adjective, dink·i·er, dink·i·est.
noun, plural dink·ies.
Origin of dinky
noun, plural dink·eys.
Origin of dinkey
Examples from the Web for dinky
You think that this tragedy has given you an opportunity to catapult you [sic] dinky blog and newspaper to new heights.
Look at the legs, with the dinky pantalets—aren't they dreams?Stover at Yale|Owen Johnson
What could this crazy skipper mean by attacking a fleet with one dinky little schooner?Revolutionary Reader|Sophie Lee Foster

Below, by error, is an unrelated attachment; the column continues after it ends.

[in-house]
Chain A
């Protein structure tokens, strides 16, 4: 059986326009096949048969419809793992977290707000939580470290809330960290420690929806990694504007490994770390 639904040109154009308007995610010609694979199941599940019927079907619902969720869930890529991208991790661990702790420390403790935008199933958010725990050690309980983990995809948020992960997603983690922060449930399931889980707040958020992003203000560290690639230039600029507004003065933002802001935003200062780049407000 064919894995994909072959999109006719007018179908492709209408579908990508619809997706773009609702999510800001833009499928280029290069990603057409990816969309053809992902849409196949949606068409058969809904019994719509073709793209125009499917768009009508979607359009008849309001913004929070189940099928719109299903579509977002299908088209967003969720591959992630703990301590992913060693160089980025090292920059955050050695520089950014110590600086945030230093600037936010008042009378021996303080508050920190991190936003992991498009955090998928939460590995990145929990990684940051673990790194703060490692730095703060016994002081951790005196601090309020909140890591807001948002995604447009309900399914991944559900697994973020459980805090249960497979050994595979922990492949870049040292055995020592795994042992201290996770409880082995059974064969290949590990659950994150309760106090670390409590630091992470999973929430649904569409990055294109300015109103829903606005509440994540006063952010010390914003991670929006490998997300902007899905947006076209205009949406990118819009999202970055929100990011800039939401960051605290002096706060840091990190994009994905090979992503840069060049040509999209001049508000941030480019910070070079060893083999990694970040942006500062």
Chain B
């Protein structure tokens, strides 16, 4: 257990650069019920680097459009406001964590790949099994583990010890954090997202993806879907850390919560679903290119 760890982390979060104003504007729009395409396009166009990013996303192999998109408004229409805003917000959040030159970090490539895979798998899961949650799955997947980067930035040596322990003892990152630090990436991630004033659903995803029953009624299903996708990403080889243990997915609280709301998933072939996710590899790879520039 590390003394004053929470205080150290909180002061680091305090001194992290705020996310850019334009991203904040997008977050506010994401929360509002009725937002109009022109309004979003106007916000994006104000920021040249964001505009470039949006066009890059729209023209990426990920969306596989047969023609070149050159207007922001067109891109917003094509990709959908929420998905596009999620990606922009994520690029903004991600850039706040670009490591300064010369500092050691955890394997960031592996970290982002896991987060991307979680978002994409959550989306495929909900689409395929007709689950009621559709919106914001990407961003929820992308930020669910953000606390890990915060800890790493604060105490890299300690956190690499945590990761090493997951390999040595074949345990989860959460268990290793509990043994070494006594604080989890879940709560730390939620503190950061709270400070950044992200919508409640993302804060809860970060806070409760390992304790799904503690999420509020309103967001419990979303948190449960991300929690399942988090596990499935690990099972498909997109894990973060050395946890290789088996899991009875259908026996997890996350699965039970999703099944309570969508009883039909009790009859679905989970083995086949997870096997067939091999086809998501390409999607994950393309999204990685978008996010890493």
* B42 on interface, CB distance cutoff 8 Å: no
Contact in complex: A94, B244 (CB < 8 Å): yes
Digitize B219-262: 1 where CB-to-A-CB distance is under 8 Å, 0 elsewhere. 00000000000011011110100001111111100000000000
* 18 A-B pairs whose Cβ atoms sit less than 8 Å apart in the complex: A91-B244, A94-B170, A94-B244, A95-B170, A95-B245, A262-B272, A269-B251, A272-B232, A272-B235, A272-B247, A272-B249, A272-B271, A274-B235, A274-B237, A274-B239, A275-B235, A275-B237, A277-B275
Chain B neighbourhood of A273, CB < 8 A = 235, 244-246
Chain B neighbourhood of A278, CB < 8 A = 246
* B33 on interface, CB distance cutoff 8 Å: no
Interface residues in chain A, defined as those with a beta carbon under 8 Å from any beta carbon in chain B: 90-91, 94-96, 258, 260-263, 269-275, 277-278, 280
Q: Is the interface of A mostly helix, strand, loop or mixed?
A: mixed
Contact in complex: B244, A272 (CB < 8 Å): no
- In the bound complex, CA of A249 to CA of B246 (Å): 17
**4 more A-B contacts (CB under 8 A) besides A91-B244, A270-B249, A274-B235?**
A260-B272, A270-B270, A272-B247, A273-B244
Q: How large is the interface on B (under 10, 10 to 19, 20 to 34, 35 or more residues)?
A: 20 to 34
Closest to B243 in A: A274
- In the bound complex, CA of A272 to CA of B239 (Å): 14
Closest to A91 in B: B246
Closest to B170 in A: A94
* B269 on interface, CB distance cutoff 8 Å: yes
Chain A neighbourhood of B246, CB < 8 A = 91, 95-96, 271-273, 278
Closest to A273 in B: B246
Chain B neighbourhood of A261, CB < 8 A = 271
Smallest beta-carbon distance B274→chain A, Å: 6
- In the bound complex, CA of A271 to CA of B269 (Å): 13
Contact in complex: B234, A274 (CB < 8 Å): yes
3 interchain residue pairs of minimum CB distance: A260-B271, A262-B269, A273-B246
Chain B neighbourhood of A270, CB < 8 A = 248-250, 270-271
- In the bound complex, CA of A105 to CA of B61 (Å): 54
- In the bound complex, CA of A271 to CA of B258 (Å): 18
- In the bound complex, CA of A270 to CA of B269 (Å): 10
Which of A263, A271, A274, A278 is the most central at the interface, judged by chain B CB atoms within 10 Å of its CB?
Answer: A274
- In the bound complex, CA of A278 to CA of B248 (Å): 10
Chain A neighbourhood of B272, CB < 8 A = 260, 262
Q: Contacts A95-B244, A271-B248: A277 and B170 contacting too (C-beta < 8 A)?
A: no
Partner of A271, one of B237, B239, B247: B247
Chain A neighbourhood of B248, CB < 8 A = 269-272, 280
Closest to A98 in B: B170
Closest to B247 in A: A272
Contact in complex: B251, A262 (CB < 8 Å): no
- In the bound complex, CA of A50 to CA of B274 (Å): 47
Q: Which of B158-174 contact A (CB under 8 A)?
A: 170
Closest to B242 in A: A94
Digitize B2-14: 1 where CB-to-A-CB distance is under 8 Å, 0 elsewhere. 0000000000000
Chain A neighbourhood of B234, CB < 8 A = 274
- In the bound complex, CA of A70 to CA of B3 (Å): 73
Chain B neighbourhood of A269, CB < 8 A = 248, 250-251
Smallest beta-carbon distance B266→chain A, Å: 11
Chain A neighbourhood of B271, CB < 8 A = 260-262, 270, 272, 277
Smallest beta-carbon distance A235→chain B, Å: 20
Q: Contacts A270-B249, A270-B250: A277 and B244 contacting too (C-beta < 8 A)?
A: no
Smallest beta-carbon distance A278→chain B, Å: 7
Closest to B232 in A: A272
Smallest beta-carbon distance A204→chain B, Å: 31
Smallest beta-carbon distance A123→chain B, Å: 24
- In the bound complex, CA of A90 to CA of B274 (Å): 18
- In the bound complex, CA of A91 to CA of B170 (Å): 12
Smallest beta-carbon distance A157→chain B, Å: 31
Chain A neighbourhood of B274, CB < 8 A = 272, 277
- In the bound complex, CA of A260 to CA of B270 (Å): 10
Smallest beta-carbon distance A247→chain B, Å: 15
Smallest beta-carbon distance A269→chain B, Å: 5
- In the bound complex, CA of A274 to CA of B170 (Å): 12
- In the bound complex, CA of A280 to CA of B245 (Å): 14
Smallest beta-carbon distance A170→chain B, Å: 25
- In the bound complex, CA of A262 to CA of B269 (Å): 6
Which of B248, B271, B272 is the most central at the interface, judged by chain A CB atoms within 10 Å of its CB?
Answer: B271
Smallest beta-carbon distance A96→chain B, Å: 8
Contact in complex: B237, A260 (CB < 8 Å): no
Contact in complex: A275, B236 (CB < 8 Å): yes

He was dressed in a new golf suit, complete—from the dinky cap to the Scotch plaid stockings.Roughing it De Luxe|Irvin S. Cobb
You didn't think I was going to stay in that dinky hospital when there was so much doing, did you?Army Boys on the Firing Line|Homer Randall
You come chasin' yourselves down here, scared out of your wits because a dinky little one cent newspaper's makin' faces at you.American Sketches|Charles Whibley
adjective dinkier or dinkiest informal
Word Origin for dinky
1788 "neat, trim, dainty, small," from Scottish dialectal dink "finely dressed, trim" (c.1500), of unknown origin. Modern sense is 1850s.